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Focusing on Western Sahara

by Amran Rabbouj (EU International Relations and Diplomacy - Manuel Marin promotion)


The often neglected and unheard-of Western Sahara issue was put at the core of the United Nations Security Council’s agenda on 31 October 2018. The last territorial conflict in Africa has been on-going for more than 40 years, with a never-ending status-quo between the different parties. UN efforts to achieve a compromise between the two parties and settle a final status for the Western Sahara have repeatedly failed since Spanish colonial power left in 1974.


On the one hand, the Kingdom of Morocco claims full sovereignty over the territory based on historical grounds and pledges of allegiance of local tribes to the Moroccan Sultans before colonisation took place in 1884. These historical links were fully recognised and confirmed by the International Court of Justice’s consultative opinion of 16 October 1975. On the other hand, an independence movement was formed in 1974, the so-called Polisario Front, who is made up of Sahrawi leaders who also claim sovereignty over the territory left by Spain on the grounds of the right of self-determination.


After years of armed conflict between the Moroccan Army and the Polisario rebels, a cease-fire came into force in 1991 with Morocco controlling 80% and the Polisario the remaining 20% of the territory. Since then, the UN created a special mission, the MINURSO – ‘UN Mission for the Organisation of a Referendum in the Western Sahara’ – which aim is to be the mediator between the two parties in order to come to an agreement on the conditions of a self-determination referendum in the Western Sahara.


This referendum should have been the mean through which a final legal status to the Western Sahara would be democratically achieved – either Sahrawi independence or remaining under Moroccan sovereignty – but it never took place until this day. And while the UNSC extended the MINURSO mandate for 6 months, the 31 October Resolution 2440 brought a new element that will, for sure, play the role of game changer in the resolution of this conflict.


Indeed, while neighbouring Algeria – who hosts Sahrawi refugee camps on its territory and is a longstanding regional rival to Moroccan hegemony – has always denied the accusations from the Moroccan government that it has always been backing the Polisario politically, militarily and financially, the UNSC invited Algeria to the table of negotiations between Morocco and the Polisario for the first time since 1974. For Morocco, the fact that Algeria has accepted the invitation to the roundtable taking place in Geneva next December is a confirmation that it is and always has been a party to the issue.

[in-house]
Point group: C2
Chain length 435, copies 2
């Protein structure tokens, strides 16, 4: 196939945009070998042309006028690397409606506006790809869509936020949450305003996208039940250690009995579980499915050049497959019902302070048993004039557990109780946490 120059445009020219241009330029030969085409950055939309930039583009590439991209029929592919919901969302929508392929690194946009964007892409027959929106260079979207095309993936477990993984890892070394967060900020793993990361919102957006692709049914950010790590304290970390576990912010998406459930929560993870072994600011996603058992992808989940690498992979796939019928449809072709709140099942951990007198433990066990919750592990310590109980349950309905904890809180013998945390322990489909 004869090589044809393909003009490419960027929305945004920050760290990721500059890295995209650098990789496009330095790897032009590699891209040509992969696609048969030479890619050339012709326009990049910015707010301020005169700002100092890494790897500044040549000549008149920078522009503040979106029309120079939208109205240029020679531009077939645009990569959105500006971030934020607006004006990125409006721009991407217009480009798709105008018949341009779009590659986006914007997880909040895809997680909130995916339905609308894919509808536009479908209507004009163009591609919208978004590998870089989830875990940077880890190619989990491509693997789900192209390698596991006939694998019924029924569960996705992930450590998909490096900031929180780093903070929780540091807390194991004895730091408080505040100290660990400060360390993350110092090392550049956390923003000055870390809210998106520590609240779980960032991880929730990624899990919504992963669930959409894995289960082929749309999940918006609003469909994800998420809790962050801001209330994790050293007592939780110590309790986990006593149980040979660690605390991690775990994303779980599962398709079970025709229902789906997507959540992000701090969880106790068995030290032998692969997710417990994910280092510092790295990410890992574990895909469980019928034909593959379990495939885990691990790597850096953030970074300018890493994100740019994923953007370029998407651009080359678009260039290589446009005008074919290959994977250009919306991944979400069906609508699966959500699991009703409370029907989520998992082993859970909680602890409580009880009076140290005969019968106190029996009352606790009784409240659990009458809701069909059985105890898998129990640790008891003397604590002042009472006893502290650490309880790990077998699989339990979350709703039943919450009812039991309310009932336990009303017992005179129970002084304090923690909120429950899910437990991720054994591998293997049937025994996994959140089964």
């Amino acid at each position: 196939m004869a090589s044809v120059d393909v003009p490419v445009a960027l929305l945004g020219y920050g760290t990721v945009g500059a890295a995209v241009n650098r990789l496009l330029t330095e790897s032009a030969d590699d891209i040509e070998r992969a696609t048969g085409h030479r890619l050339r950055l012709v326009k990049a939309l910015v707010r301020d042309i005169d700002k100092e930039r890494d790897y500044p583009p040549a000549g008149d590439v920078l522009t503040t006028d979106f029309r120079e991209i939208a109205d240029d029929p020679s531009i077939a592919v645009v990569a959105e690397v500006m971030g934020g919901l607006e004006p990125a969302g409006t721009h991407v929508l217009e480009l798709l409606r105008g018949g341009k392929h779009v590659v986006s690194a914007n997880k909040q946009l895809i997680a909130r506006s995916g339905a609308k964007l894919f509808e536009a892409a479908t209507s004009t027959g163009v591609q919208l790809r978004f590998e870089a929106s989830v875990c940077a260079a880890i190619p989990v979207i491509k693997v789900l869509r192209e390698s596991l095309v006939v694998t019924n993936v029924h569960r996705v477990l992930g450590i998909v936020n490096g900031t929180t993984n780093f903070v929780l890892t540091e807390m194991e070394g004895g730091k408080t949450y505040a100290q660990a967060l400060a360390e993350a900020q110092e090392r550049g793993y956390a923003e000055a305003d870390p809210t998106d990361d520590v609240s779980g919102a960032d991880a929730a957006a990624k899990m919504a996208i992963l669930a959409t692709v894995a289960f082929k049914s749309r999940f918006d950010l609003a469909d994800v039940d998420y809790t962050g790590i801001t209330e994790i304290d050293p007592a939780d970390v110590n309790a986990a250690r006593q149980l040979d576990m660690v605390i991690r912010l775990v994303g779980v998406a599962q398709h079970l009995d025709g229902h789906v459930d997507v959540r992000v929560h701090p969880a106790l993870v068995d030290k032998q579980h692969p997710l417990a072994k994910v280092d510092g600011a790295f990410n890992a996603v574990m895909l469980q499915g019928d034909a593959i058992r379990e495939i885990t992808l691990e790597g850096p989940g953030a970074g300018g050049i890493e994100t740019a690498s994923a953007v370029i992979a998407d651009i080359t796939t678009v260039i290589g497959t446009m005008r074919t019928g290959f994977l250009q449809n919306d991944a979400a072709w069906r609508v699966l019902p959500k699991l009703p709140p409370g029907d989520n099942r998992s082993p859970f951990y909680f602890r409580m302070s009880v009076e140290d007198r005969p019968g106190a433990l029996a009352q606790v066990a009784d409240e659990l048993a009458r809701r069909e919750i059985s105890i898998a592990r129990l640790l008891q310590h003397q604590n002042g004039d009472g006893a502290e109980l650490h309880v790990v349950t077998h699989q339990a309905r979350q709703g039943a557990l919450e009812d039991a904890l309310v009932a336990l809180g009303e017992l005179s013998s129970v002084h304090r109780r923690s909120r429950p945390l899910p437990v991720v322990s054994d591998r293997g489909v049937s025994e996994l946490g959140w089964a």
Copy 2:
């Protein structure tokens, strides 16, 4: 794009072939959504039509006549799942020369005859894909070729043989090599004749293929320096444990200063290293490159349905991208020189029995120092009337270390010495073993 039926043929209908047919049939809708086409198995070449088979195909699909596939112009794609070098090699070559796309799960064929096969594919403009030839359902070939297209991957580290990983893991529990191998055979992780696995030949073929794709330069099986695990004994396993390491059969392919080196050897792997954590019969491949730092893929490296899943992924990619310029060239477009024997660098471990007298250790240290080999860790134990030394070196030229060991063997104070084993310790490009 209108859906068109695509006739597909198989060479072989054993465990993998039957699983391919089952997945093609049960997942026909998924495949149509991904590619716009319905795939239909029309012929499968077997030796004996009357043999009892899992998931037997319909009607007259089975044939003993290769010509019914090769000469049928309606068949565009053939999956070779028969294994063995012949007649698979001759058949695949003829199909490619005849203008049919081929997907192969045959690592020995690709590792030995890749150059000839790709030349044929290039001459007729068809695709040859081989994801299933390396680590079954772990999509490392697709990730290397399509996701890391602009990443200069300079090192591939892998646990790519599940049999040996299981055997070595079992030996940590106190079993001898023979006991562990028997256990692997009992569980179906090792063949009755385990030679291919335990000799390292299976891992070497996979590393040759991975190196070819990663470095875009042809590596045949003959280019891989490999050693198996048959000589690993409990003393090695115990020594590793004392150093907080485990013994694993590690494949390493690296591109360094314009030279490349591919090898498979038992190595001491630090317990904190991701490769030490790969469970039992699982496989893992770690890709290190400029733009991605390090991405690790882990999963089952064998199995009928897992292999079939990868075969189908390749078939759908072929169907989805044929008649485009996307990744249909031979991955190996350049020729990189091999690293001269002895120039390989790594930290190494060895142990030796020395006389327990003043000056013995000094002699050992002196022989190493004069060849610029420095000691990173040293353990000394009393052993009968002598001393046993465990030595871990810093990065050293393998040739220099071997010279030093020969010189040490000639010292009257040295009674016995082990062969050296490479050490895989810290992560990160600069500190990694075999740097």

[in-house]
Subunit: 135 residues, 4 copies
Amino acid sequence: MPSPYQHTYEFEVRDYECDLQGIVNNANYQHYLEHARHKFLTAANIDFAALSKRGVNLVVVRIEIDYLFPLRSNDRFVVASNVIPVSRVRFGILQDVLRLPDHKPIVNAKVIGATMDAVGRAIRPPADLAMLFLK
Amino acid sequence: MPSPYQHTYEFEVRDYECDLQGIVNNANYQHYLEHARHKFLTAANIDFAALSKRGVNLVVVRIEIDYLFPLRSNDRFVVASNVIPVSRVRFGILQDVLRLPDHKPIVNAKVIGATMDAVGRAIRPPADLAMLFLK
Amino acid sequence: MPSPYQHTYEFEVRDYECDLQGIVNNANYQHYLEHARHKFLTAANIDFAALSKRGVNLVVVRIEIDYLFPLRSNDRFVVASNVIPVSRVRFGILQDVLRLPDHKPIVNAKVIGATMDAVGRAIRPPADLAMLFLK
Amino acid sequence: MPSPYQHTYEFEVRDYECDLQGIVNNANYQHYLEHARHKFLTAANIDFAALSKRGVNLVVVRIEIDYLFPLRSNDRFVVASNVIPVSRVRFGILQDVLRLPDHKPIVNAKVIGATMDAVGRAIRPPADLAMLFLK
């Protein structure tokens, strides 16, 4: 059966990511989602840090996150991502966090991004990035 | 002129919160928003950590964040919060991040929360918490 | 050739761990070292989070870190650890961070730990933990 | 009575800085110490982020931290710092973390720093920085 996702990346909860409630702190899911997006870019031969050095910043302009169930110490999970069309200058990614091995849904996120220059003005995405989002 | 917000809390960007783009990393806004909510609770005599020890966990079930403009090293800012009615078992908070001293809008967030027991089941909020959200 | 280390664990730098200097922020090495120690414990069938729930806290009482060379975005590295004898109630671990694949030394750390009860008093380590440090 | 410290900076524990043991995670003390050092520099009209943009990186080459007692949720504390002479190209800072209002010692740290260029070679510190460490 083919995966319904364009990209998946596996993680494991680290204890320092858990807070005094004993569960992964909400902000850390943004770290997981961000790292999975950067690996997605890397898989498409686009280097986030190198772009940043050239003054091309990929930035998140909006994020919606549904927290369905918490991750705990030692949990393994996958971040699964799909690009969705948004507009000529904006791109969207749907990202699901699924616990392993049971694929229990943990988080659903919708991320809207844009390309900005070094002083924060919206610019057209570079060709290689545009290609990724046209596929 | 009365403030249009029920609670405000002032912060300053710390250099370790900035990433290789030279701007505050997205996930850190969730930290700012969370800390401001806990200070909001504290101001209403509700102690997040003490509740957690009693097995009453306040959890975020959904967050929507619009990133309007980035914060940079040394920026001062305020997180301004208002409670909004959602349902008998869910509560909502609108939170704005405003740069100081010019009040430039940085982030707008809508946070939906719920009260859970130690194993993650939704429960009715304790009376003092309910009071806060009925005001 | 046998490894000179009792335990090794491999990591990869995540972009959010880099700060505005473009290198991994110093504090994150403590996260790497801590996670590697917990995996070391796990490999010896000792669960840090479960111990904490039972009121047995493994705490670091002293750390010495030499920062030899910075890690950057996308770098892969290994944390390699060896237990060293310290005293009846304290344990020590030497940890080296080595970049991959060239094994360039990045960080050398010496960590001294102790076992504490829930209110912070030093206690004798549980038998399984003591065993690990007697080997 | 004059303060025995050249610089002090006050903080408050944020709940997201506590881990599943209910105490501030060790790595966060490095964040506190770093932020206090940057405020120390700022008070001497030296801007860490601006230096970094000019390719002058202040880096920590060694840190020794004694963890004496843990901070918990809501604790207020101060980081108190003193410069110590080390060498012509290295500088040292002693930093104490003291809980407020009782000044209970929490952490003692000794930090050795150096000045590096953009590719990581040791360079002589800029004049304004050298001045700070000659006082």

Moroccan political analyst and special advisor to the Embassy of Qatar in Washington D.C., Samir Bennis, adds that “Morocco has emphasised on many occasions that it will not participate in direct negotiations [with the Polisario] so long as Algeria is not regarded as a party to the conflict.” Here, even if Algeria has insisted on participating only as a ‘neighbouring state’, the language used in the Resolution does not mention it at any point. However, the wording highlights that Algeria’s presence will be based on ‘equal-footing’ with Morocco and this is a first start towards progress as it makes Algeria part of the future solution – something that Morocco has been calling for since the beginning of the talks at UN level in the 1990s.


But the road to finally put an end to this territorial issue will still be long. As a matter of fact, Morocco’s autonomy plan – who is supported by the US and France – will still need to gain more support at the international level in order to put to bed, once and for all, the fantasist prospect of an independent Sahrawi State in the Western Sahara territory.



All I want for Christmas is EU - Issue n. 3, 24 December 2018


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